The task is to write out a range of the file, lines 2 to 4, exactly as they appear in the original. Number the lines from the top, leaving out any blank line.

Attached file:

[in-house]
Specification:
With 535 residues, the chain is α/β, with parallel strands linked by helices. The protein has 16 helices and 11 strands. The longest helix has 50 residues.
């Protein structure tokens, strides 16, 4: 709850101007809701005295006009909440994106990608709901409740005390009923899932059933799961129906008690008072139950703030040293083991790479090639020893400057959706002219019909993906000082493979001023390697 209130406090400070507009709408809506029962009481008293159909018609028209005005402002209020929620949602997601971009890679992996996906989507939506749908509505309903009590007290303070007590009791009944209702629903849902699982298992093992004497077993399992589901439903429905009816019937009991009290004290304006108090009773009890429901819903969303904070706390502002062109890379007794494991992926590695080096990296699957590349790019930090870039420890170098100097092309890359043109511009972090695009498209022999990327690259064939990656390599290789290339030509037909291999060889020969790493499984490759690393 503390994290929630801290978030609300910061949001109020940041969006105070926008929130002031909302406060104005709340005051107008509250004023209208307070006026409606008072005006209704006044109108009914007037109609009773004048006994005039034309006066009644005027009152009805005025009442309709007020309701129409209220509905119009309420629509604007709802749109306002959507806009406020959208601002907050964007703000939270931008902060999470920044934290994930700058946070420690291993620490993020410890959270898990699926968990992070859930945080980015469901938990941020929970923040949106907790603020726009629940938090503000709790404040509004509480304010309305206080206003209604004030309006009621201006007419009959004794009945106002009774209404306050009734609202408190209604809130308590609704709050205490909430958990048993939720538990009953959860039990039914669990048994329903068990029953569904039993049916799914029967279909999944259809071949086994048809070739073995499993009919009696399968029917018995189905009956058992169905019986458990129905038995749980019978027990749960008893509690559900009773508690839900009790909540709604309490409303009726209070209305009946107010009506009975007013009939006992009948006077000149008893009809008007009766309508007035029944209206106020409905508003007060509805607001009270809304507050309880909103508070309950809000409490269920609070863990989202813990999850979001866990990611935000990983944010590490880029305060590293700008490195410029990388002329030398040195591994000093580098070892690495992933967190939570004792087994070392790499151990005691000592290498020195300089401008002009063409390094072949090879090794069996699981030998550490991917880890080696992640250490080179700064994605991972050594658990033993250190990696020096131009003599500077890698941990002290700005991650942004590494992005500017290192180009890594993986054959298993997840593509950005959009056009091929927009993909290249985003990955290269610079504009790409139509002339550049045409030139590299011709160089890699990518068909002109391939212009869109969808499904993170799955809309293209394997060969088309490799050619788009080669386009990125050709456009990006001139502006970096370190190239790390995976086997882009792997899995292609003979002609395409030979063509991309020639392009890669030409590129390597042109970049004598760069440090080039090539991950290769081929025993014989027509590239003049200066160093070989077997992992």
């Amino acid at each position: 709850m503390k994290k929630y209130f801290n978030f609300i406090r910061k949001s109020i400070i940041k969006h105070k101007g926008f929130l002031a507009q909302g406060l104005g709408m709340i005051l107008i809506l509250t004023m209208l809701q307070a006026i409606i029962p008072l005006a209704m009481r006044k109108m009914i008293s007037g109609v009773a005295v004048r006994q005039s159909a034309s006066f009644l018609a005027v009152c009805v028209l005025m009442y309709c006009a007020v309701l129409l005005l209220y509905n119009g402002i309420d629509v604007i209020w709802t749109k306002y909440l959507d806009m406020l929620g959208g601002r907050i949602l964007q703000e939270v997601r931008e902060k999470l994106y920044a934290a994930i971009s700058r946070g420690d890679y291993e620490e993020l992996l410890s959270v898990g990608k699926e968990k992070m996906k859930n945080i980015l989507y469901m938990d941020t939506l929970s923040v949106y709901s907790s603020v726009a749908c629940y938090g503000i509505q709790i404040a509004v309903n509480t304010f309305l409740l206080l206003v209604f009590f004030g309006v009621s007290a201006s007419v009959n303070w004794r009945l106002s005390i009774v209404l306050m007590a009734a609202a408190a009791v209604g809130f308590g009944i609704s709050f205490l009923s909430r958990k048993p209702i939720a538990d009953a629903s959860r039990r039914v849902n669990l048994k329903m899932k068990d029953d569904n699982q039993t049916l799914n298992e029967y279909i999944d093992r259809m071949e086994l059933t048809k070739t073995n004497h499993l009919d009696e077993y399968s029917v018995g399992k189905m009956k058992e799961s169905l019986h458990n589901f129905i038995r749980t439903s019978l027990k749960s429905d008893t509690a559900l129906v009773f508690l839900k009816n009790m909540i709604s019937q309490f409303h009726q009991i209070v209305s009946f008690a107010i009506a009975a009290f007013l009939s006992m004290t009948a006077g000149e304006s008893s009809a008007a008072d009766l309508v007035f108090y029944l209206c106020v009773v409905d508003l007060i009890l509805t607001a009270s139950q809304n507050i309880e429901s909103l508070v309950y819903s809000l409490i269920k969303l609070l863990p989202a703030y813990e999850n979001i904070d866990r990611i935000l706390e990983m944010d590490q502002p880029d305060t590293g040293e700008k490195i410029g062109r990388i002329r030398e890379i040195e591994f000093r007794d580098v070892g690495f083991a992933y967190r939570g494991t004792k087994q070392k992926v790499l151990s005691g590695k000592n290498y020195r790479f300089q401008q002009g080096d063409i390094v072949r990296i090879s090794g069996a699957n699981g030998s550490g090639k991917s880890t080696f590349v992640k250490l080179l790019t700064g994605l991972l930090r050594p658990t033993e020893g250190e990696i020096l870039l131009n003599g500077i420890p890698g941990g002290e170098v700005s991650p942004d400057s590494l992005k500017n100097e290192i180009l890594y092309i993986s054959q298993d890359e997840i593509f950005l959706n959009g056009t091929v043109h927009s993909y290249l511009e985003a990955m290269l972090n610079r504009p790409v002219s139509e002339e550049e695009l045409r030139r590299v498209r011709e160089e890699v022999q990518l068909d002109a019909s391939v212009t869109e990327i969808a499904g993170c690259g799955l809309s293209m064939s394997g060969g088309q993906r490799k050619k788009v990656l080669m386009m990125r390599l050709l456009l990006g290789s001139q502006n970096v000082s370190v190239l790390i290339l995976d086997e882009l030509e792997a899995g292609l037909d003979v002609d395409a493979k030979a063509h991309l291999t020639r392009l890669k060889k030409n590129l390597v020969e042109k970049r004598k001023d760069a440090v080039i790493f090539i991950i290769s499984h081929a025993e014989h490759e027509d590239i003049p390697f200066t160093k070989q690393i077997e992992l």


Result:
Specification:
With 535 residues, the chain is α/β, with parallel strands linked by helices. The protein has 16 helices and 11 strands. The longest helix has 50 residues.
């Protein structure tokens, strides 16, 4: 709850101007809701005295006009909440994106990608709901409740005390009923899932059933799961129906008690008072139950703030040293083991790479090639020893400057959706002219019909993906000082493979001023390697 209130406090400070507009709408809506029962009481008293159909018609028209005005402002209020929620949602997601971009890679992996996906989507939506749908509505309903009590007290303070007590009791009944209702629903849902699982298992093992004497077993399992589901439903429905009816019937009991009290004290304006108090009773009890429901819903969303904070706390502002062109890379007794494991992926590695080096990296699957590349790019930090870039420890170098100097092309890359043109511009972090695009498209022999990327690259064939990656390599290789290339030509037909291999060889020969790493499984490759690393 503390994290929630801290978030609300910061949001109020940041969006105070926008929130002031909302406060104005709340005051107008509250004023209208307070006026409606008072005006209704006044109108009914007037109609009773004048006994005039034309006066009644005027009152009805005025009442309709007020309701129409209220509905119009309420629509604007709802749109306002959507806009406020959208601002907050964007703000939270931008902060999470920044934290994930700058946070420690291993620490993020410890959270898990699926968990992070859930945080980015469901938990941020929970923040949106907790603020726009629940938090503000709790404040509004509480304010309305206080206003209604004030309006009621201006007419009959004794009945106002009774209404306050009734609202408190209604809130308590609704709050205490909430958990048993939720538990009953959860039990039914669990048994329903068990029953569904039993049916799914029967279909999944259809071949086994048809070739073995499993009919009696399968029917018995189905009956058992169905019986458990129905038995749980019978027990749960008893509690559900009773508690839900009790909540709604309490409303009726209070209305009946107010009506009975007013009939006992009948006077000149008893009809008007009766309508007035029944209206106020409905508003007060509805607001009270809304507050309880909103508070309950809000409490269920609070863990989202813990999850979001866990990611935000990983944010590490880029305060590293700008490195410029990388002329030398040195591994000093580098070892690495992933967190939570004792087994070392790499151990005691000592290498020195300089401008002009063409390094072949090879090794069996699981030998550490991917880890080696992640250490080179700064994605991972050594658990033993250190990696020096131009003599500077890698941990002290700005991650942004590494992005500017290192180009890594993986054959298993997840593509950005959009056009091929927009993909290249985003990955290269610079504009790409139509002339550049045409030139590299011709160089890699990518068909002109391939212009869109969808499904993170799955809309293209394997060969088309490799050619788009080669386009990125050709456009990006001139502006970096370190190239790390995976086997882009792997899995292609003979002609395409030979063509991309020639392009890669030409590129390597042109970049004598760069440090080039090539991950290769081929025993014989027509590239003049200066160093070989077997992992």